This design uses an unusual dual-color font for the header to make a strong statement. The streamlined layout is easy to customize, depending on if you want to emphasize your work history or skills.
Risk analyst resume FAQ
1. What are some hard and soft skills you can use for a risk analyst position?
|Hard skills:||Soft skills:|
|Financial management||Interpersonal skills|
|Account review and audits||Excellent analytical skills|
|Data analysis||Stress management|
|Operating procedure development||Communication skills|
|Proposal development||Strong leadership skills|
|Fraud prevention||Team player|
|Advanced window programming||Quick learner|
|MS Excel||Strong work ethic|
|Quantitative analysis||Able to work independently|
|Account review and audits|
|Operating procedure development|
|Advanced window programming|
|Excellent analytical skills|
|Strong leadership skills|
|Strong work ethic|
|Able to work independently|
2. How should you format your resume?
Choose your resume format based on the strongest aspects of yourself that you want to feature. If you have more than five years of experience, go with a chronological resume, which best highlights your work history and accomplishments. Choose a functional resume if you can make a stronger case for your skills than your work experience (or lack thereof). A combination resume presents a blend of both key skills and work experiences, and works if you have a few years or risk analysis under your belt, or can bring over relevant skills and accomplishments from a different job or career field.
For more information about resume formatting, visit our resume format page.
3. How should you craft your resume if you’re looking to take the next step forward in a career?
To move up to a more senior position, mention activities and skills that showcase your efficiency and commitment to increasing your knowledge, such as the following:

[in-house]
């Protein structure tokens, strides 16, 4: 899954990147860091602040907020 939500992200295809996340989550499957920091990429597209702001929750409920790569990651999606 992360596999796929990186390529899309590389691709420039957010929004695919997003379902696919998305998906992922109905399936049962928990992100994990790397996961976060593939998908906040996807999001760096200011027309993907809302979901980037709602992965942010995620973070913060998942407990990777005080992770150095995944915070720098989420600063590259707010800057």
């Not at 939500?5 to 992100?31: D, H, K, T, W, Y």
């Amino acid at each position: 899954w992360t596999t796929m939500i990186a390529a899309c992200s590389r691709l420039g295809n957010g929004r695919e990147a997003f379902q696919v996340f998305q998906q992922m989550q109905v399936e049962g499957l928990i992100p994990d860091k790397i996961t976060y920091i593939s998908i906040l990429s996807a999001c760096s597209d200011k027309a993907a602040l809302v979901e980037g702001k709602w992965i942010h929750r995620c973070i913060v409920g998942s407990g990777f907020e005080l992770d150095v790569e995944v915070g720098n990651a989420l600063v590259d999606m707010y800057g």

- Examples of successfully mentoring and training junior employees
- Work examples where you’ve taken more ownership of project and client management, as well as assuming increased responsibilities
- Specific instances where your work helped a company’s bottom line
- Additional courses or training in related areas such as risk management and credit analysis, and software such as the Fusion Framework System
4. How should you tailor your resume for a job?
No job is exactly the same, so it’s important to align your work experience and credentials for each job opportunity. To tailor your resume for each job, aim to emphasize different skills and experiences, based on what the job description emphasizes. For example, if the job stresses the ability to communicate with multiple stakeholders across a business, you can list “communication skills” or “collaboration” in your skills section, or feature a work experience such as “Managed communications with stakeholders and clients on successful $500,000+ accounts.” For more tips on how to customize your resume, see our article How to Create a Targeted Resume.
5. What are some action verbs you should use?
While describing your job accomplishments or work history, use effective and powerful action verbs. Telling employers you “managed” a process makes you seem more proactive than saying you were “tasked with” a process. Some appropriate action verbs you can use in your risk analyst resume are: